I'm slowly working my way through this book, and while it's a good book overall so far, it drives me crazy when she jabbers on with the same low-fat garbage that you hear everywhere. (For some major “politically correct” information busting, read my take on healthy fats.)
However, she included a great quote that I wanted to share with you, from Adelle Davis, nutritionist and writer:
“We are indeed much more than we eat, but what we eat can nevertheless help us to be much more than what we are.”
Isn't this a great quote? It probably will mean something different to everyone, but this is what it made me think of…
If I hear someone say again, “Well, you've gotta die sometime”, I'm going to throw up. How could they think that eating better is only about holding off death (although it surely can), it is even more about living WELL while you are here and living life to the fullest! Things like still being able to go up and down steps when you're in your 70's. Not having to run to weekly doctor visits in your 40's. Having the energy to enjoy your life at no matter what age.
I'd love to hear what that quote meant to you or what it reminded you of…?
- Read my whole, boring exercise story – with links at the bottom for my favorite workout machine and my favorite sports phone (with an MP3 music player, distance timer and other running tools, camera, radio – perfect for a gadget girl like myself!)
- Are Supplements Necessary to Good Health?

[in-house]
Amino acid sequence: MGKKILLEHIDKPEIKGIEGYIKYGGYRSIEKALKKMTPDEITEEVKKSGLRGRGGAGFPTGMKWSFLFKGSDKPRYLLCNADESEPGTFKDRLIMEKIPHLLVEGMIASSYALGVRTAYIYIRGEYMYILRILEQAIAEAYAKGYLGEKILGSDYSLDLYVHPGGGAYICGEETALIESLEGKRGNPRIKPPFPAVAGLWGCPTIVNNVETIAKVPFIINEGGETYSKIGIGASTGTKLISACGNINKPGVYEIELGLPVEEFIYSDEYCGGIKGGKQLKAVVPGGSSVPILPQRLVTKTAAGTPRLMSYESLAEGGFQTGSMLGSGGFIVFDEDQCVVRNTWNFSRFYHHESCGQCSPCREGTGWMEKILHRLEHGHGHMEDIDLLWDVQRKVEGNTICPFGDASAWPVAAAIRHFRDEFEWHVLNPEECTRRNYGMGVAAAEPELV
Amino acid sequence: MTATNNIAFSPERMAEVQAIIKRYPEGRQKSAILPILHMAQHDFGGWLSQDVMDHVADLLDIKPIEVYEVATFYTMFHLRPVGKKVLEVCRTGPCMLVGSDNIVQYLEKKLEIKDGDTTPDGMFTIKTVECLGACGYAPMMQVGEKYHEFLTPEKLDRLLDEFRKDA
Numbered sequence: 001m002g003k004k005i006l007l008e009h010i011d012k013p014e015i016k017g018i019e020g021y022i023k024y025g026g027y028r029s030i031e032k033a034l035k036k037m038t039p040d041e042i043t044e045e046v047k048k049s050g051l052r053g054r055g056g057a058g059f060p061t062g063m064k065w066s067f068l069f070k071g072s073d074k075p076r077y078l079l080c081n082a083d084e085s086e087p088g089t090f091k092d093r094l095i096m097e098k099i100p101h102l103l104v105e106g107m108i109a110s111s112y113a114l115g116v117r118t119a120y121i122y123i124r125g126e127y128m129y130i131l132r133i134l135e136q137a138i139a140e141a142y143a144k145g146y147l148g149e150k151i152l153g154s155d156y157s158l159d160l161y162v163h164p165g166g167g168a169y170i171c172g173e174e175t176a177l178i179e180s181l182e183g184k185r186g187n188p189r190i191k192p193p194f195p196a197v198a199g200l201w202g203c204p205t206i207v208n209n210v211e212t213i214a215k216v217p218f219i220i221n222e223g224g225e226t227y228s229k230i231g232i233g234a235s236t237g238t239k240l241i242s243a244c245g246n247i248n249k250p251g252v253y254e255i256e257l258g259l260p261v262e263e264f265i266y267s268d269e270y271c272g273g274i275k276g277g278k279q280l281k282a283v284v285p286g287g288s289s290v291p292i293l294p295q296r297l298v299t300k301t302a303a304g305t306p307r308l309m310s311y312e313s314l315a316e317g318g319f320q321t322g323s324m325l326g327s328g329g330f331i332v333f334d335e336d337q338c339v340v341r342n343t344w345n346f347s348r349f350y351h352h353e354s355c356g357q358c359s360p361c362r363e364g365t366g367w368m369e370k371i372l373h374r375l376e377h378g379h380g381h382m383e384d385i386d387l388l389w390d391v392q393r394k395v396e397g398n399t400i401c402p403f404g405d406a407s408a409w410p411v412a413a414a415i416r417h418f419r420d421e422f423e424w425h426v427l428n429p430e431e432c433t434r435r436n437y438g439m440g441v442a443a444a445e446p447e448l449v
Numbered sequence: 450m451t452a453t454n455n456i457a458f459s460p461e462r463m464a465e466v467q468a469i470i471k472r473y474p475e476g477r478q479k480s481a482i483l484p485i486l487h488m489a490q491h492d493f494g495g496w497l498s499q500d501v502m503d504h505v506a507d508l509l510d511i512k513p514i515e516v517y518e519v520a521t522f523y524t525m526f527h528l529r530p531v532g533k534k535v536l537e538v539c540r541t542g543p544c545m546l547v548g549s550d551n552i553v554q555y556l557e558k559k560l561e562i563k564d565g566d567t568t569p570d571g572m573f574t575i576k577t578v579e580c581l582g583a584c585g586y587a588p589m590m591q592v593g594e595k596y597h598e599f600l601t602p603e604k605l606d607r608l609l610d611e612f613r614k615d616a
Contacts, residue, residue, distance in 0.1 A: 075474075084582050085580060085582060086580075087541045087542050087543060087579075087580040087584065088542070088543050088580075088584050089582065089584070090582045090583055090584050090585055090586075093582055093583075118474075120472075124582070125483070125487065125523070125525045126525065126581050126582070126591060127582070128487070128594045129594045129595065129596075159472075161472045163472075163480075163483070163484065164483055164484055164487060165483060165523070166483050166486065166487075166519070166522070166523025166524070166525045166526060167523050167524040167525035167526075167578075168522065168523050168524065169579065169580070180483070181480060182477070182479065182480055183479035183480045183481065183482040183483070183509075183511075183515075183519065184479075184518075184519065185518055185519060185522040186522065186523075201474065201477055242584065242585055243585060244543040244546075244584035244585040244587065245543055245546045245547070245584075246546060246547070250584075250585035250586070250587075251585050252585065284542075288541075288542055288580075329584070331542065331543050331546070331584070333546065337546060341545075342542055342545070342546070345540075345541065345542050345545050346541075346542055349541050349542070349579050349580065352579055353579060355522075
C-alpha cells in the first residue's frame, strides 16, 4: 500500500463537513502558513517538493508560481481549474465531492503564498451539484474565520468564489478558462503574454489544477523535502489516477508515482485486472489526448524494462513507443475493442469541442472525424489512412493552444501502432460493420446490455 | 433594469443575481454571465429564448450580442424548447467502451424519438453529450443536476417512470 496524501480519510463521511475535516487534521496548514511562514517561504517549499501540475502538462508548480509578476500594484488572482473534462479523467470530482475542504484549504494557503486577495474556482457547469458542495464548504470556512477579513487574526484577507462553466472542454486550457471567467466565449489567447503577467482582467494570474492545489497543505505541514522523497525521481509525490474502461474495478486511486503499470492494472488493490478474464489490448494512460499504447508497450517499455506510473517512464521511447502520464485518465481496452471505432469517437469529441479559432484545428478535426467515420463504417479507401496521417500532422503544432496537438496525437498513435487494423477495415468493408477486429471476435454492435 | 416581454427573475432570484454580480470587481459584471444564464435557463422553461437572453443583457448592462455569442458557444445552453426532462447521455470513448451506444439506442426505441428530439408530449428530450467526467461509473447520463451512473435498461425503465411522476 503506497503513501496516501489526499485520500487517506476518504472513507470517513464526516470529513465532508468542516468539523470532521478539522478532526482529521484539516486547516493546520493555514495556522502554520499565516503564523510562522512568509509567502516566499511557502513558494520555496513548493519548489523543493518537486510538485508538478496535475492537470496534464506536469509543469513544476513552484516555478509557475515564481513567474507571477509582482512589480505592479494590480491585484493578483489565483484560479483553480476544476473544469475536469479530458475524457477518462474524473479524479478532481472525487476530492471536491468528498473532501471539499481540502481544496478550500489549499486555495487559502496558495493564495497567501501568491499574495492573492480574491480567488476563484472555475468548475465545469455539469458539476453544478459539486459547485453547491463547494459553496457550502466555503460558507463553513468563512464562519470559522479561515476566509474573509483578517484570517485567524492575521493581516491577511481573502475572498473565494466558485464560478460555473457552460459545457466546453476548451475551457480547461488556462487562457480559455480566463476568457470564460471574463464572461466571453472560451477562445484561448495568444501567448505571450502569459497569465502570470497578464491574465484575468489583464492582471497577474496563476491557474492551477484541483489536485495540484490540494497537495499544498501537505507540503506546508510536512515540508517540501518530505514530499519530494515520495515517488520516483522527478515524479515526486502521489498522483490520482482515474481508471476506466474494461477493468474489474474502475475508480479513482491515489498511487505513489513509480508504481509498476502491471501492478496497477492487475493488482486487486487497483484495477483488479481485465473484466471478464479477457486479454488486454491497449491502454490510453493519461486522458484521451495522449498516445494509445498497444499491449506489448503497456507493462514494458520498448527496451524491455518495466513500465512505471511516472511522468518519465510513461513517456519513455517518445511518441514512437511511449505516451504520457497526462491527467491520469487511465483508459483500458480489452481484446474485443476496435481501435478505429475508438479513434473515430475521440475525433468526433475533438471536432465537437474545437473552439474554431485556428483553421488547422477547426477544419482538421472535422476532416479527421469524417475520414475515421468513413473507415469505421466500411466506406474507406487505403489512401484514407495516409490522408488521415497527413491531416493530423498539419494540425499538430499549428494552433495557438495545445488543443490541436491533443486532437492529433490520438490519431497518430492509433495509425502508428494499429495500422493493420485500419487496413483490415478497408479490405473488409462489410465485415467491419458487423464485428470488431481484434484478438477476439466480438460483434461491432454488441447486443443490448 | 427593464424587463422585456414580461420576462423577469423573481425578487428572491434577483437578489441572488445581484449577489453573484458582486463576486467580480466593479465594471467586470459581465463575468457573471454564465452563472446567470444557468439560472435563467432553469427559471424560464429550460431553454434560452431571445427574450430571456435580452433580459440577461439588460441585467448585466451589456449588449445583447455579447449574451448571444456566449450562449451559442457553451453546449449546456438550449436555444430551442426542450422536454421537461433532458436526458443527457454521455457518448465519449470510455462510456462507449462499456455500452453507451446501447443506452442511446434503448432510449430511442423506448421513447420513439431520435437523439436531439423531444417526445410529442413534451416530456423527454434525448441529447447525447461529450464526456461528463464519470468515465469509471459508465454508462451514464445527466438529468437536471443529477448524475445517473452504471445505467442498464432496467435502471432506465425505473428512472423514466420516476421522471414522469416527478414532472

- School Lunches – Healthy Alternatives
DeeDee Wilson says
I read through all of the comments and didn’t see anything mentioned about ‘burnt bone’ stock. Jeff Smith, from the old Frugal Gourmet show turned me on to it thirty or forty years ago. As an engineering type myself, it makes a lot of sense. Many of you mention using vinegar to leach the minerals out of the bones, and of course that helps, but the MAIN thing that happens when you toast the bones to a dark golden orange colour is that you are partially denaturing the complex collagens that are part of the bones’ structure. Bones are a matrix, or lattice of calcium and magnesium carbonates and phospates — well, other stuff too, but — and that matrix is filled with a network of collagen, or ‘gristle’. that makes the bones semi-flexible, and not brittle, as stone would be — remember that calcium and magnesium carbonate and phosphate ARE stone! Like many hybrid materials, fiberglass resin, carbon fiber structural materials, concrete, for that matter, are all have a stiff, rigid and overall, brittle component, combined with materials that are soft, tough and flexible materials. The result is what gives composite materials their amazing strength, like our bones. The gristle, as collagen makes them stronger and tougher. That is the part we are mainly interested in.
OK, what we want is to cook the collagen out of the stony matrix of the bones, and if we can, leach some of the more important metal salts out as well. Toasting the bones makes the collagen almost immediately soluble; ‘A Good Thing’ ™. The other stuff that goes into the stock pot, vegetable scraps, a half cup of apple or wine vinegar, lemon juice works just as well, it has citric acid in it to make it sour (dissolves the minerals) garlic, onions and so forth all contribute to this leaching effect. You might have noticed that after awhile you can no longer smell the vinegar. There are two reasons for that. First, you have turned some of it into calcium and magnesium phosporo-acetate (the salt of vinegar) and second, the acetic acid boils off at about 200 degrees.
For myself, I use a generic collection of vegetables for all of my stocks; celery, onion, garlic, carrots and quartered lemons. I agree with most of the commentors here, but because no one had mentioned ‘burnt bone’ broth, I thought I’d put in my two cent’s worth about why it’s worthwhile to add that technique to your repertoire.
Thanks for all that great info DeeDee!!
I wonder if you meant to comment with these thoughts on a different post though, and did so here by mistake?